It was now 2215 and my night was almost over. The CO agents in Houston should not have promised me that I would make my connection and I felt it would be appropriate for CO to provide a hotel voucher for me because of what happened. I was already over at the D gates, so I stopped by the customer service counter there and requested that one of the agents call CO for me and check on a hotel voucher. The agent did and the CO person on the other line promised to check with her supervisor and call back in a few minutes. We waited. Five minutes. Ten minutes. Fifteen minutes. The UA agent tried calling back and there was no answer. She tried again and tried a few different other CO numbers she had. No answer at any of them.
She fumed, "Continental does this all the time. They just want to dump the passengers on us." Her colleagues to her right and left nodded in agreement. By this time, it was after 2300 and I could see the agents wanted to get home (I was the only guy left and all the flights had departed). I told them I would check with the UA folks at the other customer service line and they thanked me, trying to reach CO once more before I left.
The line was still long at the C-17 customer service center and it took about 30 minutes to get up to front. A UA agent who had just yelled at the previous customer she was dealing with motioned for me to come over. Uh-oh. With a dour look on her face she asked me what I wanted. I told her that I had already been rebooked and just need a hotel for the night. I explained to her the runaround I had been getting from CO and she also shook her head, stated "those idiots," and printed me out a meal voucher and hotel voucher for the Holiday Inn in Sterling, Virginia. Thanks United–I wasn’t looking forward to sleeping in the terminal!
It took over a half hour for the shuttle driver to pull up at Dulles and by that time, there was a crowd of 14 waiting to board the 10-seat van to the hotel. With a thick accent, he suggested "that the ladies sit on the laps of the men." There were some couples onboard and that is exactly what happened. Not the safest ride, but we quickly reached the hotel (where the driver cursed out most of the van, calling passengers mother f—ers when they did not tip him). I gave him $2.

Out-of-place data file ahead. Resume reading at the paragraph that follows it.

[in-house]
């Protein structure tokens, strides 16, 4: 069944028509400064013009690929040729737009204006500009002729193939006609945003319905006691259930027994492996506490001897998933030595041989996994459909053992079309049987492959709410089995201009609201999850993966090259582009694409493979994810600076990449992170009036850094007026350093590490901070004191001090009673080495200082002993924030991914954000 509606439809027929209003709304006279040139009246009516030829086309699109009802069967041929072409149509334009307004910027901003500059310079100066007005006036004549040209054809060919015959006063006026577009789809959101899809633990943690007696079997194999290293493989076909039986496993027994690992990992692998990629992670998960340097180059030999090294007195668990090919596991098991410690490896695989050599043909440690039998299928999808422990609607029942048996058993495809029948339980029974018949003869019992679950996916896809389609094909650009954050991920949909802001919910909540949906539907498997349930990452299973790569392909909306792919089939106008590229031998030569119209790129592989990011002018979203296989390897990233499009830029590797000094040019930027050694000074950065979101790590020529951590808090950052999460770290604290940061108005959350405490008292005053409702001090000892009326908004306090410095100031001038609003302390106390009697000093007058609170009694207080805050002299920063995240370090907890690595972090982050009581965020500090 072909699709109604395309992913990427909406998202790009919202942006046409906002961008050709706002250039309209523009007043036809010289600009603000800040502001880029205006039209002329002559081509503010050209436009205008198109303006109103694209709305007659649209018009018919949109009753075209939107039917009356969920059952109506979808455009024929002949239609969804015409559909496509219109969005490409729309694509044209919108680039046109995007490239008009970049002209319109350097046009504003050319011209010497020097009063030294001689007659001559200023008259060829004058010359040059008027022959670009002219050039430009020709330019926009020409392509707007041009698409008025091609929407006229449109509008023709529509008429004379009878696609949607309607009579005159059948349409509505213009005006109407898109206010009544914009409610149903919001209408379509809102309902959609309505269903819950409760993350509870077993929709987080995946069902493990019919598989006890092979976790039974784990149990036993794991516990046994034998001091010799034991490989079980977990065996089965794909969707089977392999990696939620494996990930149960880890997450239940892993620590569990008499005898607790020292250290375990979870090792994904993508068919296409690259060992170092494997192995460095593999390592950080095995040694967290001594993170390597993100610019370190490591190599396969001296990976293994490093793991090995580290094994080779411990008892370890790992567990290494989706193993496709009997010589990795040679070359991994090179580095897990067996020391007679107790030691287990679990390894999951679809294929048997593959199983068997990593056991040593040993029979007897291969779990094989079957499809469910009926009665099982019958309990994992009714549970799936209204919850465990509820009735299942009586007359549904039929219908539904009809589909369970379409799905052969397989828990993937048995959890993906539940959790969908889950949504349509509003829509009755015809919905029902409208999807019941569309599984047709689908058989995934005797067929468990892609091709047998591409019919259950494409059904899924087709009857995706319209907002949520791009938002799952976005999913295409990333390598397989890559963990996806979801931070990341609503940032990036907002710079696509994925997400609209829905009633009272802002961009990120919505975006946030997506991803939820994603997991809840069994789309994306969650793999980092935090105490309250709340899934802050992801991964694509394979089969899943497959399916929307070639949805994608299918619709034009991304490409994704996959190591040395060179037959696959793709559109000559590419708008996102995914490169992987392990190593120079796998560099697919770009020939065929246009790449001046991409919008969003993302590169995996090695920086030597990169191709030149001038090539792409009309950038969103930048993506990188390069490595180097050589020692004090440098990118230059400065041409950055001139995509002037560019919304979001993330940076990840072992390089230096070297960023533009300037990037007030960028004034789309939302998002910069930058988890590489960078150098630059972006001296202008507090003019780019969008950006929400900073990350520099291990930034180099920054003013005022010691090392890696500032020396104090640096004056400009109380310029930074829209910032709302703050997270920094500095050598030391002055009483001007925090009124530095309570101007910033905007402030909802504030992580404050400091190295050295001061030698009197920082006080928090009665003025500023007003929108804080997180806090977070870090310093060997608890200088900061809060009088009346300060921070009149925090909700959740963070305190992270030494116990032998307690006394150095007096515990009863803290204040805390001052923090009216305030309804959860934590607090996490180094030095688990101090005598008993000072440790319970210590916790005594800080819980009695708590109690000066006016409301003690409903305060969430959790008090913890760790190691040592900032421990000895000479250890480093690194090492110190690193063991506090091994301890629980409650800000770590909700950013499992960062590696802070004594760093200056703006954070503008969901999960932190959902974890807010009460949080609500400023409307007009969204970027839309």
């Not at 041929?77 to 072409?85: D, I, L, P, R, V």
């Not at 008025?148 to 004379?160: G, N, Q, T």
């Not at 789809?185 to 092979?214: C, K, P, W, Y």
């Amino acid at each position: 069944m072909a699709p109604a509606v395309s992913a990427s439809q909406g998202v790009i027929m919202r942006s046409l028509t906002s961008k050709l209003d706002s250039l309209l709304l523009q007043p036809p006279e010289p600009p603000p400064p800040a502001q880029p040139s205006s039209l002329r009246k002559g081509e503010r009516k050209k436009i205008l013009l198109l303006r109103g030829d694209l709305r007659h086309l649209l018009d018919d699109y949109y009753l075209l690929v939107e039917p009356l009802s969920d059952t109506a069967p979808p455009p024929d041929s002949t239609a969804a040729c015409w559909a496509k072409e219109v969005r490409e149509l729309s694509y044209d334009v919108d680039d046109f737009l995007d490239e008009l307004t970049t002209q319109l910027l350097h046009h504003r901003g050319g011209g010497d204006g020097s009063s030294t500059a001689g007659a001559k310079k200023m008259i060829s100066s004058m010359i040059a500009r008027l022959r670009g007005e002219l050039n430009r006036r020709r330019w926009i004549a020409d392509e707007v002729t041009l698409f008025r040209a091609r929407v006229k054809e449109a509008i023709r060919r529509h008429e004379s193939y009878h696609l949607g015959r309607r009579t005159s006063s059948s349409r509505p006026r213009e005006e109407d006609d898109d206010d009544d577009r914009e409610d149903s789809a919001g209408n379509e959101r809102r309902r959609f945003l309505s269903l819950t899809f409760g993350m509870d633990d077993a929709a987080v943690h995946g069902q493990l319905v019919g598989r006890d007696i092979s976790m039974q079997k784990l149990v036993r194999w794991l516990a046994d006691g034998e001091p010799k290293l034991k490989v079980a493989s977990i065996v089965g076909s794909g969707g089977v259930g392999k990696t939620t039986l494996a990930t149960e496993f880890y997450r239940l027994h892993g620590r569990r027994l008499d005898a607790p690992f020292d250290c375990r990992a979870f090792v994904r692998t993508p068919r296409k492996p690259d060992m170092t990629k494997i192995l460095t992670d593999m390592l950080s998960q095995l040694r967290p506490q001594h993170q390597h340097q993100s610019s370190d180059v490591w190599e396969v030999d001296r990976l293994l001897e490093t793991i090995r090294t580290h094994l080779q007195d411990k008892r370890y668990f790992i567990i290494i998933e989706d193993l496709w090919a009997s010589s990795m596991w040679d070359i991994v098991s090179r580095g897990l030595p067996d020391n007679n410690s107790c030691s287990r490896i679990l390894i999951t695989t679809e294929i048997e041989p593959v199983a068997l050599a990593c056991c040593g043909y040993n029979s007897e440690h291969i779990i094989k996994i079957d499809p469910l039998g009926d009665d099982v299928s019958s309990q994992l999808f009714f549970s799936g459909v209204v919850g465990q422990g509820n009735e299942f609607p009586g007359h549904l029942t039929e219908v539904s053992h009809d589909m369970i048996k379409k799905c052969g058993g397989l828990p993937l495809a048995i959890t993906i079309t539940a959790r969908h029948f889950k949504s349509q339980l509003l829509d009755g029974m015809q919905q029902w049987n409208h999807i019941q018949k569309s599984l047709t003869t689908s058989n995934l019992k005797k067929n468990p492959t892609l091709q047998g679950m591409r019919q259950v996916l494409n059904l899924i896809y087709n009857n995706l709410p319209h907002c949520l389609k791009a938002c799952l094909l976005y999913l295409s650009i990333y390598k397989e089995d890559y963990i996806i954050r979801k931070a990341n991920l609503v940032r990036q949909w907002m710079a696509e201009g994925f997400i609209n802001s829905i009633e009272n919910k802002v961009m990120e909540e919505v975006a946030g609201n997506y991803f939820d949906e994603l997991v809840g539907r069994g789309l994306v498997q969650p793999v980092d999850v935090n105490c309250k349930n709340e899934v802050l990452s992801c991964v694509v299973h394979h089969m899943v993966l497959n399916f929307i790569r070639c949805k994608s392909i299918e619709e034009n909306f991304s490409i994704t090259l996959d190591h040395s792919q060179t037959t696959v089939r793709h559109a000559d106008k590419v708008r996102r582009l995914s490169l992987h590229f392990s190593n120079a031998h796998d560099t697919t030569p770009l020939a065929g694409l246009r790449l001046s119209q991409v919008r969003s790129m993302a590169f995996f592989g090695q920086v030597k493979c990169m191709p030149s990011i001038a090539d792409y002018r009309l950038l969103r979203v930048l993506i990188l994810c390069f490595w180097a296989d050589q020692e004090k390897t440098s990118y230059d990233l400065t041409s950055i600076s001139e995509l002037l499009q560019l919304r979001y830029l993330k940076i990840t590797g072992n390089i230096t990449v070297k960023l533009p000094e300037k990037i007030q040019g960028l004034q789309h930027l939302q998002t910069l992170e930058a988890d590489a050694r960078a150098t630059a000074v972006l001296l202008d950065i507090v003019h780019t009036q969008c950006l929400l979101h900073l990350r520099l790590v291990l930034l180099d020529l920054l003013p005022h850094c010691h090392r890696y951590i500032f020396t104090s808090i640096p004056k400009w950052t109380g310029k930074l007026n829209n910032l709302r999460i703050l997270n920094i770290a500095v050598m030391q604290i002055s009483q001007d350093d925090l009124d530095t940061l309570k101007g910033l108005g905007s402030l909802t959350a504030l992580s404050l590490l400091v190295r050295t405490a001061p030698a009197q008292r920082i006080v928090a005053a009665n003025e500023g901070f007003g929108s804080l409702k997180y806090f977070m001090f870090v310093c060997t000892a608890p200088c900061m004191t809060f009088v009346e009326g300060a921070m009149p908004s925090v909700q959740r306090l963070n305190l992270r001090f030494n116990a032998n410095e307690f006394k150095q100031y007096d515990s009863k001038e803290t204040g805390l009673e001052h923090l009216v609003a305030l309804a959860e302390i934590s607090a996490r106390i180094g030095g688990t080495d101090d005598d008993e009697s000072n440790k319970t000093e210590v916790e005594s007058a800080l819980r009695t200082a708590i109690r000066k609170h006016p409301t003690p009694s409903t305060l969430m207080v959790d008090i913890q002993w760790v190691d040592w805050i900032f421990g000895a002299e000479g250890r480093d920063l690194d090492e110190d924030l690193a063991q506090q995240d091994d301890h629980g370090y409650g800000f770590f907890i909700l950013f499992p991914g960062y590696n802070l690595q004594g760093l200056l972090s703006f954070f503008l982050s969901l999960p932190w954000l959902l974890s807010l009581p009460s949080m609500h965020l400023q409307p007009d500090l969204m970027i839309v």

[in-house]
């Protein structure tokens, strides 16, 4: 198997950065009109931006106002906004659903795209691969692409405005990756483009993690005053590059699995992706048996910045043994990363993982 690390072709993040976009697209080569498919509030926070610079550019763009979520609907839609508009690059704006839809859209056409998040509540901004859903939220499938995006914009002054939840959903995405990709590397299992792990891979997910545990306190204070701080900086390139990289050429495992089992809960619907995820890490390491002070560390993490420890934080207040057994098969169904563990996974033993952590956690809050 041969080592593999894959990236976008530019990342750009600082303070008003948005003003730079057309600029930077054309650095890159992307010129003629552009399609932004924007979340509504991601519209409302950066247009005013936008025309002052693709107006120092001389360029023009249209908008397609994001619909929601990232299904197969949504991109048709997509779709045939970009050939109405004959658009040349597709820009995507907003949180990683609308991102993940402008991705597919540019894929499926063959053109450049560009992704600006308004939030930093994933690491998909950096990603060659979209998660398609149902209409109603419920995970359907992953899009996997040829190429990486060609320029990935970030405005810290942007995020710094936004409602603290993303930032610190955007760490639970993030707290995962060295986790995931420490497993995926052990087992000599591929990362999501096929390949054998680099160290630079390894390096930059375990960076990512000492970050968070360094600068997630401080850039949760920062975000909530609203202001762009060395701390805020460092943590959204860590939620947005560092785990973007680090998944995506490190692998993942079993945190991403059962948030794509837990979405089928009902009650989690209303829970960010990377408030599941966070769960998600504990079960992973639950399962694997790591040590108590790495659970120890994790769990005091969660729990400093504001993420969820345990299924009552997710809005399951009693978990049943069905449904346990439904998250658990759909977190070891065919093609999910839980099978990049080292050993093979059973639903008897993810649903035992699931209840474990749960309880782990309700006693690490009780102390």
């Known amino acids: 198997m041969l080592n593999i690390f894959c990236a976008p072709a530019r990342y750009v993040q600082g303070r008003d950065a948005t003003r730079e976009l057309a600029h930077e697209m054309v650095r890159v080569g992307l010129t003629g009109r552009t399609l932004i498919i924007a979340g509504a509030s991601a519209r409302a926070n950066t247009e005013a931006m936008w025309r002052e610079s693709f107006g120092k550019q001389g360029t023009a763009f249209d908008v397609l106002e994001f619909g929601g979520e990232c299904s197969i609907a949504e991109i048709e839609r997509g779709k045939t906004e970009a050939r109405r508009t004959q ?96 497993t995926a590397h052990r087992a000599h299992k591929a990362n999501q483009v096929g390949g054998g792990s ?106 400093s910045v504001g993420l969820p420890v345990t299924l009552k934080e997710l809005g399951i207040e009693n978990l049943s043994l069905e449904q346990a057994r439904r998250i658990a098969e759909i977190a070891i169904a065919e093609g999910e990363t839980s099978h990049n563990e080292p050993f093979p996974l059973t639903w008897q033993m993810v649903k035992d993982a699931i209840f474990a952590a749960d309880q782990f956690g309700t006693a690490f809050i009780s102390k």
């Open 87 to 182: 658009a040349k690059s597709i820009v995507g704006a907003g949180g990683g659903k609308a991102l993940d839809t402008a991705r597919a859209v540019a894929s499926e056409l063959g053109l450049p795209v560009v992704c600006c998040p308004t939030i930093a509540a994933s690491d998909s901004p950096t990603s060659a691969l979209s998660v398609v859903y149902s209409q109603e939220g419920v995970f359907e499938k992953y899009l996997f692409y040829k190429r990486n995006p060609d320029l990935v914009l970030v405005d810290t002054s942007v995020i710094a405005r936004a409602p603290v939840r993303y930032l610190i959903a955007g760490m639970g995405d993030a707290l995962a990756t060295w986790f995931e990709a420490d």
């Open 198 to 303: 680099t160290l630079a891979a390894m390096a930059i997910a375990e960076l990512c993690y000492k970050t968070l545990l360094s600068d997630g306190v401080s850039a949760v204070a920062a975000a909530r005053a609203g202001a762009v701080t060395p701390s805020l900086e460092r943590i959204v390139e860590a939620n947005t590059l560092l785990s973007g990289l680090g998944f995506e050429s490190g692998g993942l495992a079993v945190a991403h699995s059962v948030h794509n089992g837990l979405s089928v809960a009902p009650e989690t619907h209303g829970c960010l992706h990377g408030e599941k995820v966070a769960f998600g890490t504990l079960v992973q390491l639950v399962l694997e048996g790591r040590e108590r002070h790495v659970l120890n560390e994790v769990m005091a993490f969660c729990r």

I knew what would happen next. There would be one agent on duty with a long line to check-in. Turns out there were two agents checking people in, but still 20 people in line. By 0140 I was in my room and quickly fell asleep. I should add that I have been fighting a cold this week and had a bad cough and running nose. I doubt my day’s adventures helped to pacify that…
This morning I slept in and used my food voucher to have a breakfast downstairs. Now I am sitting in the International First Class Lounge in Dulles doing some work before my evening flight to Frankfurt.
It has been quite a day and I really could not afford to miss work today, but travel hiccups are bound to happen now and then and I chalk up this trip as another learning experience. With a few exceptions noted above, the folks at UA and CO took great care of me and I appreciate their willingness to work through the ATC delays to get me to Frankfurt. Strictly by the books, I should have been sent to MSP from IAH to sort out the next leg of my trip there, but I am thankful I was able to bypass MSP and ORD (even messier than IAH) and get on my way to FRA. I knew I was taking a chance by booking two tickets (why I did that is another story…) and I hope to book simpler itineraries in the future.
It will be good to be back in the office tomorrow…hopefully.